And what I am beheld again
What is and no man understands;
And out of darkness came the hands
That reach thro' nature, molding men."
-Alfred Lord Tennyson

"In the stormy east-wind straining,
The pale yellow woods were waning,
The broad stream in his banks complaining,
Heavily the low sky raining,
Over tower’d Camelot;
Down she came and found a boat
Beneath a willow left afloat,
And round about the prow she wrote
The Lady Of Shallot.

And down the river’s dim expanse
Like some bold seer in a trance,
Seeking all his own mischance,
With a glassy countenance,
Did she look to Camelot;
And at the closing of the day,
She loosed the chain and down she lay,
The broad stream bore her far away
The Lady Of Shallot.

Lying, robed in snowy white,
That loosely flew to left and right,
The leaves upon her falling light,
Through the noises of the night,
She floated down to Camelot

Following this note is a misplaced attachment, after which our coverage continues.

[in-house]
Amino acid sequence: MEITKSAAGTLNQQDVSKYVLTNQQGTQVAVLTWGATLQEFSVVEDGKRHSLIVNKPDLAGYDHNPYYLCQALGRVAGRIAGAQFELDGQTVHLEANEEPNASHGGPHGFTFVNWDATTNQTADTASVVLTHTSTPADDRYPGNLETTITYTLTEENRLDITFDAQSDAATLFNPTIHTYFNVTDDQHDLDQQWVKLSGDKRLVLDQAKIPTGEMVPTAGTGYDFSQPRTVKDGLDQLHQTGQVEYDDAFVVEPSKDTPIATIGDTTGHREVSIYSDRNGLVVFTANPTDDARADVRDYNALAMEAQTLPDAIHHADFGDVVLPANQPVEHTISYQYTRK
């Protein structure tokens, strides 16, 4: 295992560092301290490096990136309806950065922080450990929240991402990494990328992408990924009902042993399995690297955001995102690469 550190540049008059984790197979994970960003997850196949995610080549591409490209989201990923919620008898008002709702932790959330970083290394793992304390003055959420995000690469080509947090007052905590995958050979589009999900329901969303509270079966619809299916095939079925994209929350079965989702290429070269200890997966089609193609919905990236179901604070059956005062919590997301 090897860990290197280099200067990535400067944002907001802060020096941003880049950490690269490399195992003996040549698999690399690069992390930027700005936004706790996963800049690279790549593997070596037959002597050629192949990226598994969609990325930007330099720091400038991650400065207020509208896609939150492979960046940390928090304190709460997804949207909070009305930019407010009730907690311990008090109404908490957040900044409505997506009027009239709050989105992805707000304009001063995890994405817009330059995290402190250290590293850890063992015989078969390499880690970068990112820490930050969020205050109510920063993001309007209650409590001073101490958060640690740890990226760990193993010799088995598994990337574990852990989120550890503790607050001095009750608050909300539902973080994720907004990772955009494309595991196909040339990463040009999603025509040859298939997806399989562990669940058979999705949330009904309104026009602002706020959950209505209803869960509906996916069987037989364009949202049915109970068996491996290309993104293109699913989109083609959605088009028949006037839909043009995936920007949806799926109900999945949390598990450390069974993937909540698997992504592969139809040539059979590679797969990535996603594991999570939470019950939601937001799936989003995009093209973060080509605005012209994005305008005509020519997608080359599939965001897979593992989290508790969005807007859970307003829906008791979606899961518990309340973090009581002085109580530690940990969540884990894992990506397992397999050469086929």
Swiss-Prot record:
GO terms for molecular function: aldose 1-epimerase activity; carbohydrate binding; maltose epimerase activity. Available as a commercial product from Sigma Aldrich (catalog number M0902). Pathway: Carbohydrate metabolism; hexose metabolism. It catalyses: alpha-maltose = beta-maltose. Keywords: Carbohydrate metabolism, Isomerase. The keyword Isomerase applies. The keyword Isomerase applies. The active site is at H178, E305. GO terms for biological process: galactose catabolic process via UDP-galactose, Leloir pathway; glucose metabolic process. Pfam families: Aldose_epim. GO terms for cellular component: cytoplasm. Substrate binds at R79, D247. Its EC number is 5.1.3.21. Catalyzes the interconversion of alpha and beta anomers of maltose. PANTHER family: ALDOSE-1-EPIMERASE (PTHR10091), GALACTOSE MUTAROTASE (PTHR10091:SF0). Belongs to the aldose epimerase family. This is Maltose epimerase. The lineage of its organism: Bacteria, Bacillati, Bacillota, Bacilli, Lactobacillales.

And as the boat-head wound along,
The willowy hills and fields among,
They heard her singing her last song,
The Lady Of Shallot.

Heard a carol mournful, holy,
Chanted loudly, chanted lowly,
Till her blood was frozen slowly,
And her eyes were darkened wholly,
Turn’d to tower’d Camelot;
For ere she reached upon the tide
The first house by the water-side,
Singing in her song she died,
The Lady Of Shallot.

Under tower and balcony,
By garden-wall and gallery,
A gleaming shape she floated by,
Dead-pale between the houses high
Silent into Camelot;
Out upon the wharfs they came,
Knight and burgher, lord and dame
And round the prow they read her name,
The Lady Of Shallot.

Who is this? and what is here?
And in the lighted palace near,
Died the sound of royal cheer,
And they crossed themselves for fear,
All the knights of Camelot;
But Lancelot mused a little space;
He said, 'She has a lovely face,
God in His mercy lend her grace,
The Lady Of Shallot.' "
-Alfred Lord Tennyson

Ella Wheeler Wilcox Poetry

God and I in space alone
and nobody else in view.
"And where are the people, O Lord," I said,
"the earth below and the sky o'er head
and the dead whom once I knew?"

"That was a dream," God smiled and said,
"A dream that seemed to be true.
There were no people, living or dead,